One of my favorite evenings of the year is Greenhouse Grower’s Evening of Excellence, in which we present our Medal of Excellence and Grower of the Year Awards.The evening is special because it gives us a chance to step back and take a look at some really outstanding achievements in plant breeding and to recognize people who have made horticulture their life’s work. At no time is the energy in the room more palpable than when the award for Head Grower of the Year is announced. Growers nominated for this award usually have devoted staff who are excited and hopeful their boss will win. This year, Four Star Greenhouses had several dozen employees in attendance, all wearing t-shirts that said “I ❤ Me Some Crum Cake,” in support of their head grower, Dennis Crum. They erupted in applause when he was announced as the winner, and their joy was infectious. […]

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February 11, 2013

Greenhouse Industry Consolidation May Not Be A Bad Thing (Opinion)

In the year I’ve been with Greenhouse Grower, we’ve reported at least once a month on companies being merged with or purchased by someone else. Breeders, suppliers, growers — no area of the industry has been exempt. Agribio/Ecke, Griffin/Syngenta Hort, BASF/Becker Underwood and more. Just this morning, Rough Brothers announced they were consolidating Golden Pacific Structures’ product line. Harder to report on are the number of businesses closing or declaring bankruptcy: Elzinga Hoeksema, Ellison’s, XS Smith, Kerry’s. It’s a sign of a maturing industry, experts say, and no doubt they’re right. In some cases that process has been accelerated by a struggling economy. We wanted to know what the industry at large thought of this trend, so we posed the question in our annual State of the Industry survey late last year. (For the full report visit GreenhouseGrower.com/March2013.) Not surprisingly, the question elicited some strong opinions on both sides. “I […]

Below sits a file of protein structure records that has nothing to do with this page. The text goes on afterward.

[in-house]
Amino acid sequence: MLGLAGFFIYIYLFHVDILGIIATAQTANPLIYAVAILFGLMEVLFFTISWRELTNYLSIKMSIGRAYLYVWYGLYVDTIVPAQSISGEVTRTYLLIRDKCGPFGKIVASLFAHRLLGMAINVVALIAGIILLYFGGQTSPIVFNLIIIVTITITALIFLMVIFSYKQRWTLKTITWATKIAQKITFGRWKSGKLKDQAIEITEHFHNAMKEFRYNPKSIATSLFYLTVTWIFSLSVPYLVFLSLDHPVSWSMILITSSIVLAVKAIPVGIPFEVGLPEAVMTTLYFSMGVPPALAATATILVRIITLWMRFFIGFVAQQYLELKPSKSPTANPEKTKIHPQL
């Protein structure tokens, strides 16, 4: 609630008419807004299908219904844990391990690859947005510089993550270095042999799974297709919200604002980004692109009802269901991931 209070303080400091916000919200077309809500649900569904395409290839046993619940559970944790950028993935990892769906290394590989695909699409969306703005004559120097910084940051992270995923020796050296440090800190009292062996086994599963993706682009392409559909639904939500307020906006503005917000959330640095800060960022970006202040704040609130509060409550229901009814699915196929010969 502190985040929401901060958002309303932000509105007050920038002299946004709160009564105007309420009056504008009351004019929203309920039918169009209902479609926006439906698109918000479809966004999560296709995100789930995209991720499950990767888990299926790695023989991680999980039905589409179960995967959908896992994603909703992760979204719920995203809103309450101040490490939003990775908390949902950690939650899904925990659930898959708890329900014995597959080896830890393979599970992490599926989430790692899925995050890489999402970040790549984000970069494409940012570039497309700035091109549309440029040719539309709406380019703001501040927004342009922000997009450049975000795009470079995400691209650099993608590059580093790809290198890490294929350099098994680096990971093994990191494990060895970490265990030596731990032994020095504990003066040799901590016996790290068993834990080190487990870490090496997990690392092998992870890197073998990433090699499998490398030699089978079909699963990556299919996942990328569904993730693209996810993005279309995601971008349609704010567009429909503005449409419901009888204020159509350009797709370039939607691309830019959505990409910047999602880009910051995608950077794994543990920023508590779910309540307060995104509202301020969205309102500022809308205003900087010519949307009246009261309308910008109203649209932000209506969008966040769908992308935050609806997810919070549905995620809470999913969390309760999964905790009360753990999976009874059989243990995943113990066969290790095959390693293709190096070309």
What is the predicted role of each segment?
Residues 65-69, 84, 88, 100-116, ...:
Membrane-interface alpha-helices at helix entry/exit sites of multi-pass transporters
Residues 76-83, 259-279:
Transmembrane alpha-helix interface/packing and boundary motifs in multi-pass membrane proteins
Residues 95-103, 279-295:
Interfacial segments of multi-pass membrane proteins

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January 10, 2013

Paying It Forward (opinion)